TONY TYSOME reports the view of Geoffrey Alderman that a new standards agency "is bound to eventually become a kind of super Council for National Academic Awards" (THES, February 14).
Having worked both for that body, as chair of a subject board, and for one of the present funding councils as a teaching assessor, there is no doubt in my mind that the CNAA, while far from perfect, was broadly on the right lines.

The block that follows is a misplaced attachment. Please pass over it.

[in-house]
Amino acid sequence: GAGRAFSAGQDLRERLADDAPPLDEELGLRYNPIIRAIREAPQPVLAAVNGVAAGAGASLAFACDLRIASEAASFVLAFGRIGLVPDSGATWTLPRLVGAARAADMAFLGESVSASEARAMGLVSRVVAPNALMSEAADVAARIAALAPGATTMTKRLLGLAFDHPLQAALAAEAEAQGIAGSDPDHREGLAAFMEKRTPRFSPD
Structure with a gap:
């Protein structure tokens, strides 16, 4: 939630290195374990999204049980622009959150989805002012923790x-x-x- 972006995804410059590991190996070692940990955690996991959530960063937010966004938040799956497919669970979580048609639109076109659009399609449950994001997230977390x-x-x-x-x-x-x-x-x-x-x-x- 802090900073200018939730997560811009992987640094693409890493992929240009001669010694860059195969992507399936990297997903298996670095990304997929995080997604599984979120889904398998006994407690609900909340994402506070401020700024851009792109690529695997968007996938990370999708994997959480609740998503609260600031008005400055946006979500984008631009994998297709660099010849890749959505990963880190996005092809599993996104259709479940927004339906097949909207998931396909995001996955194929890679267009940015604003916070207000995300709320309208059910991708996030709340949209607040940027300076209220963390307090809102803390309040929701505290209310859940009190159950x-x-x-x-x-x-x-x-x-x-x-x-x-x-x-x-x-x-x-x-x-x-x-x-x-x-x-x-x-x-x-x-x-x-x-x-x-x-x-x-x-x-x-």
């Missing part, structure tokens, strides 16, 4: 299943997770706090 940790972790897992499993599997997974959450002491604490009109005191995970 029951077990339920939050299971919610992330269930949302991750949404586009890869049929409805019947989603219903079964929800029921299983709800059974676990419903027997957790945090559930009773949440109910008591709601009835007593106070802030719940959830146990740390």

It was based, inter alia, on the proven method of peer review, on a continuing though changing body of expertise, and on face to face interaction and judgement.
At its best, this encouraged innovation and autonomy as well as ensuring standards.
In contrast the present system constitutes an outmoded and discredited inspectorial approach.
It is of crucial importance that the lessons sometimes painfully learned from the CNAA era, which are consistent with those of the whole history of higher education, should not be lost.
Emeritus professor of psychology, University of East London